Most of the new users that are signing up with the social network seem to be coming from there, and it seems that those people are connecting through the slower 2G mobile connections. Due to this piece of information, Facebook has decided to make some technical accommodations for users in parts of the world were mobile connections aren’t so fast. Facebook is using their own open-source “Network Connection Class” to sniff out how fast a person’s connection is and serve content to them accordingly.
If somebody is on the 2G network, they will end up seeing less bandwidth-hogging videos and more text and photo updates. Also, the user will be able to read the story that they are looking at while the rest of the News Feed is loading in the background. Facebook is also displaying photos in progressive JPEG format, so a lower-quality version of the image will be displayed, allowing for faster load time.
The net result, Facebook says, is that people are going to always have stories to scroll through and check out. This is going to be true even if the connection is really bad, so bad that new stories can’t be loaded. If that’s the case, where there is no connection at all, the News Feed will display stories from previous visits until the user can get connected again.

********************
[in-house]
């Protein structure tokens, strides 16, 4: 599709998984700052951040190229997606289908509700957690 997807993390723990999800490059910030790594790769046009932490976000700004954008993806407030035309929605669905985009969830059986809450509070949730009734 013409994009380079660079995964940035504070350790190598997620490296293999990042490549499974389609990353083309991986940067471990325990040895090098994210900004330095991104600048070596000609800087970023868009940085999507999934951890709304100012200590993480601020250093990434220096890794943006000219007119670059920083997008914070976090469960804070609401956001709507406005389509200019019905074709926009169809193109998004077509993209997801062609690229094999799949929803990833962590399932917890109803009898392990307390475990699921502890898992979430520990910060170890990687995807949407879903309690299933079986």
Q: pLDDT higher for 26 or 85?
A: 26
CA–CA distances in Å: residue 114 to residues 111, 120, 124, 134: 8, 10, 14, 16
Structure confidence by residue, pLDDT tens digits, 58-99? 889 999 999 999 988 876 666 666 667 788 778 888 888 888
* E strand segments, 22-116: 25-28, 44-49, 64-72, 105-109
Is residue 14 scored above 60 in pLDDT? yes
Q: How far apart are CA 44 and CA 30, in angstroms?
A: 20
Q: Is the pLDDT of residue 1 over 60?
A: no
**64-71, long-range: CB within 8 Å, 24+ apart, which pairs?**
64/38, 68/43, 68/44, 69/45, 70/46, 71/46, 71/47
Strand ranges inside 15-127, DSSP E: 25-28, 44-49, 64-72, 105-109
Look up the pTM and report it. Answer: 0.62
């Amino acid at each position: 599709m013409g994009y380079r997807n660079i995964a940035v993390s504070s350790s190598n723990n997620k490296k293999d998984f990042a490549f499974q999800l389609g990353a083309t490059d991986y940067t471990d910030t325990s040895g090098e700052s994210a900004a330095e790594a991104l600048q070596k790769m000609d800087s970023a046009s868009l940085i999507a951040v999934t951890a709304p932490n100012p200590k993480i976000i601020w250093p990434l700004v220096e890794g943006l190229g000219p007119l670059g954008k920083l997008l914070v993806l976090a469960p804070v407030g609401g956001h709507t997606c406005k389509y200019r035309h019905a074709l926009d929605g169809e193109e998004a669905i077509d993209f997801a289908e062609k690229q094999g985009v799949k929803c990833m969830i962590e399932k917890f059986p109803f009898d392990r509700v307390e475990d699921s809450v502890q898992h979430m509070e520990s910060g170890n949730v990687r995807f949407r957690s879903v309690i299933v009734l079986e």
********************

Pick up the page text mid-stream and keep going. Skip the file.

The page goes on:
Facebook wrote in a blog post about the update:
“Even though we load stories from previous visits to News Feed, we don’t re-retrieve these stories that you have already seen, so we aren’t wasting more data. However, if something about the story has changed — for example if the number of comments and likes has changed or if the post was deleted — we will make updates when you see the story again.”
To find out more about the update, check out the Facebook News Feed FYI post.